North British Class 16 – 10 examples built in 1958. All withdrawn by 1969 due to poor reliability.
Clayton Class 17 – 117 examples built between 1962 and 1965. All withdrawn by 1971 due to poor reliability
North British Class 21 – 58 examples built between 1958 and 1960. All withdrawn by 1971 due to poor reliability.
Metro-Vick Class 28 – 20 examples built between 1958 and 1959. All withdrawn by 1969 due to poor reliability.
Eventually BR settled on a standard fleet of locomotives, which remained largely unchanged for almost thirty years. Indeed, when the railways were privatised in 1994 the same locomotives and carriages were in use on cross country expresses as in the mid-1960s.
Not everything that British Rail did was bad. Indeed, they were responsible for introducing the Intercity 125 (also known as the HST) that was the fastest diesel passenger train in the world and remains one of the finest and most comfortable trains in service today, thirty five years after it was introduced. BR also developed the Advanced Passenger Train (APT), which was the world’s first tilting train until BR scrapped it following a disastrous demonstration run that made the travelling journalists sick (although arguably the demonstration would have been more successful had BR not plied the journalists with free alcohol before putting them on the train).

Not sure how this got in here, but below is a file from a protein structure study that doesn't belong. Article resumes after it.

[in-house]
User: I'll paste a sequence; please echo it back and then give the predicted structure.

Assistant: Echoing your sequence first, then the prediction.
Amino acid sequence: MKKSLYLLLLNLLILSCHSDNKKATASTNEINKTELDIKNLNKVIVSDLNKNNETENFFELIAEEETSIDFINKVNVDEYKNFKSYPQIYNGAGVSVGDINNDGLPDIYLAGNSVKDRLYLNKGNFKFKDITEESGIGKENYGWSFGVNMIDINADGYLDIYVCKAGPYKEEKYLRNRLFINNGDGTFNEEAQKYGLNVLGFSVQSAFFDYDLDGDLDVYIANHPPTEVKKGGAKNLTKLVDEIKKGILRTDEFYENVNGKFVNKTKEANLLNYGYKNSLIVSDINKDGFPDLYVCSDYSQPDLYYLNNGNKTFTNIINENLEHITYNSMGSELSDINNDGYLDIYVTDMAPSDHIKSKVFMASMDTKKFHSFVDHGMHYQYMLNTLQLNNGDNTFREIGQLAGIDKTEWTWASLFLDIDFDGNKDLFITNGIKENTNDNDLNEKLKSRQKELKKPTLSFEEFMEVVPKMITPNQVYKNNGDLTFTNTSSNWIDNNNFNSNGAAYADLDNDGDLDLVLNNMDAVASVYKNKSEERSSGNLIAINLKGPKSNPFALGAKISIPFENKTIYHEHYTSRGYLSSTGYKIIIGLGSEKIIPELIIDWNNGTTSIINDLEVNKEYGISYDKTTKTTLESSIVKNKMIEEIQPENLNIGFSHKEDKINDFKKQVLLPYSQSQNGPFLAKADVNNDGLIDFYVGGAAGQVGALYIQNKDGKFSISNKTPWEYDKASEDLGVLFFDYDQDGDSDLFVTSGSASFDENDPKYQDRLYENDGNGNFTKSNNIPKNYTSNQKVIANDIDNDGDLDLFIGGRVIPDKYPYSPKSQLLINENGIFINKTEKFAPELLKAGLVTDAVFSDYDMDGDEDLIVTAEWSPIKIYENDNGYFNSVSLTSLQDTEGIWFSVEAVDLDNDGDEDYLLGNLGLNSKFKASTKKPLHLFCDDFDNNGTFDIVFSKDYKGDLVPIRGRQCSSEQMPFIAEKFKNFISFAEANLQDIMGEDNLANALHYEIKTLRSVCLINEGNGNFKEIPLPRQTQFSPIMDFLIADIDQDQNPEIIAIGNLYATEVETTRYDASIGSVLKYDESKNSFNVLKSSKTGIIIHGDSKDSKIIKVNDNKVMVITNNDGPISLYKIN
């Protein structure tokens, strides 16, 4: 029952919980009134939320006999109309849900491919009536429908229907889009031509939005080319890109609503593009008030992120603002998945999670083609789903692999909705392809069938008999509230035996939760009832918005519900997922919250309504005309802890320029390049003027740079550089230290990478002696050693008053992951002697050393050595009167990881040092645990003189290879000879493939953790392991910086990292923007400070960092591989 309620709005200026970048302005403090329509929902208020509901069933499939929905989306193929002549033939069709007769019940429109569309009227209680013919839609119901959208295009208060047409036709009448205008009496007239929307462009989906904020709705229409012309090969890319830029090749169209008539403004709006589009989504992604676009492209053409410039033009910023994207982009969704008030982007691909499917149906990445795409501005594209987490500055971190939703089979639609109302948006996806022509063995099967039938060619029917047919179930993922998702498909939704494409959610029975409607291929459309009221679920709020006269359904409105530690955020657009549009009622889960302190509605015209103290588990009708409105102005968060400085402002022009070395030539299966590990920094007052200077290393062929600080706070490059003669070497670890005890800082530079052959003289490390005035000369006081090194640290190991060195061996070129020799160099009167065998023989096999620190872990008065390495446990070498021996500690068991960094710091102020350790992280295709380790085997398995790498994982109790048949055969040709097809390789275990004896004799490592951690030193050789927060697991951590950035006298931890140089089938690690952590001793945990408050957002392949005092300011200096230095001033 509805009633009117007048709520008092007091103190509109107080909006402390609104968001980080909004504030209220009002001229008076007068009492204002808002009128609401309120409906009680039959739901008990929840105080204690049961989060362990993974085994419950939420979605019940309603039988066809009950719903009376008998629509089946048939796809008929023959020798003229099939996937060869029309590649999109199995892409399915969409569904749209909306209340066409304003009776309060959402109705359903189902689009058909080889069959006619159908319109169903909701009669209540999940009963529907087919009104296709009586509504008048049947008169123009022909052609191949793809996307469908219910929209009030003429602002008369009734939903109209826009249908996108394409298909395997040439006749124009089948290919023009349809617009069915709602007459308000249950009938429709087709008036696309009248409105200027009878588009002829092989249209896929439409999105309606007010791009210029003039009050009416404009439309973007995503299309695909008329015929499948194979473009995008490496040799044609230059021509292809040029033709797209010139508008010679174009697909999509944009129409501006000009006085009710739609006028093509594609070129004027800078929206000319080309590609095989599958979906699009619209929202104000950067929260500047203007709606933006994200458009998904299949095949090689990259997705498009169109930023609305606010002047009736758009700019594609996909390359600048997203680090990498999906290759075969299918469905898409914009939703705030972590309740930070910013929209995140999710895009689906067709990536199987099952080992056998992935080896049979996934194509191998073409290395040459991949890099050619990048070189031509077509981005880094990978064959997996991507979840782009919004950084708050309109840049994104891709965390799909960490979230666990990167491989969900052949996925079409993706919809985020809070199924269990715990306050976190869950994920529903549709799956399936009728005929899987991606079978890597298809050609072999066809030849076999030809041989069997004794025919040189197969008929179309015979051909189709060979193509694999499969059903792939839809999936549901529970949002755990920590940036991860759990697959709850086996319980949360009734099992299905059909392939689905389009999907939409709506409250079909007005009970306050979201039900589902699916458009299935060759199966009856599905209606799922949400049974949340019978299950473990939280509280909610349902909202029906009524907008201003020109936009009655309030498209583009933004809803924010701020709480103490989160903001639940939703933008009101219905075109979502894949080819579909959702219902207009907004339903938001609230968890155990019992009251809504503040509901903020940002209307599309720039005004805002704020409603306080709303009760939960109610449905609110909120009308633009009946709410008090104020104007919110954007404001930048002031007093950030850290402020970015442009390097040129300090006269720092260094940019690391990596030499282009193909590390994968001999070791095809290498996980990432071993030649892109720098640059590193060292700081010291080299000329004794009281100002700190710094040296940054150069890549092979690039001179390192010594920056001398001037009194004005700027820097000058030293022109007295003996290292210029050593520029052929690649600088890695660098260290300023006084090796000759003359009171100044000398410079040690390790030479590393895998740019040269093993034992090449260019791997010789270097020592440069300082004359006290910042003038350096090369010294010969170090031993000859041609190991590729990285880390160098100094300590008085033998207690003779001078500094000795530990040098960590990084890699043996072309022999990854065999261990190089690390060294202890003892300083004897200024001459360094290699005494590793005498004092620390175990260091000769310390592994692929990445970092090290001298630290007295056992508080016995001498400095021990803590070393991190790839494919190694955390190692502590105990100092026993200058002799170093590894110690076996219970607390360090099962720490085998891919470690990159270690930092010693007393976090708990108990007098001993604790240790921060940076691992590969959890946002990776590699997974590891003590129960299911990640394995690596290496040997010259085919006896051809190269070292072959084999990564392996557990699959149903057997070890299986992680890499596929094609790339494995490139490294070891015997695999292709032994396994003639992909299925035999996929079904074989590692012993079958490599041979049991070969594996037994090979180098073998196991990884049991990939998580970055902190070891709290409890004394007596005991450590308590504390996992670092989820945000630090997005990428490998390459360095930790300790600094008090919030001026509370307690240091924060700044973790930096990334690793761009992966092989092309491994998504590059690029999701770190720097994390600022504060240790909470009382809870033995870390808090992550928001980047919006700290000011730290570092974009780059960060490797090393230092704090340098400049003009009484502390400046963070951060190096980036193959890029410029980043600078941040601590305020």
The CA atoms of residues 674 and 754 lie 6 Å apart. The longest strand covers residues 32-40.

Ultimately though, while BR did have some successes, its legacy was one of failure. The network that was privatised in 1994 was falling apart due to under-investment, and it was this under-investment, hampered by the failure of Railtrack to do anything about it, that led to such tragic disasters as the Hatfield crash. To go back to that era would be a mistake, not least because the State still hasn’t learned the lessons of its failure. The only main line built in the UK by the State is High Speed One, the business case for which was based on artificially-inflated forecasts of passenger numbers that proved to be hopelessly exaggerated. When the Government sold the operating rights to High Speed One they lost almost four billion pounds. High Speed Two, like BR’s modernisation plan, is being pursued against all logic for political reasons rather than sound business reasons. The cost has already increased by over 30% to £40 billion years before construction has even begun, and will increase even higher. Do we really want the same politicians that are responsible for those white elephants, the same politicians that fail to make a decision on airport capacity in a decade, to be running our railways?
Born in Yeovil, Bob Foster moved to the West Midlands, and following a brief spell in Dublin after university now lives in the North West. When pushed he describes himself as socially liberal, fiscally conservative, pro-military and anti-Government. His passions are American history, military history and defence policy, and when he doesn’t have his nose in a book on air power or a political memoir he can be found building model aircraft and warships. He works in the defence industry, but speaks for himself. He tweets as @Bobski1984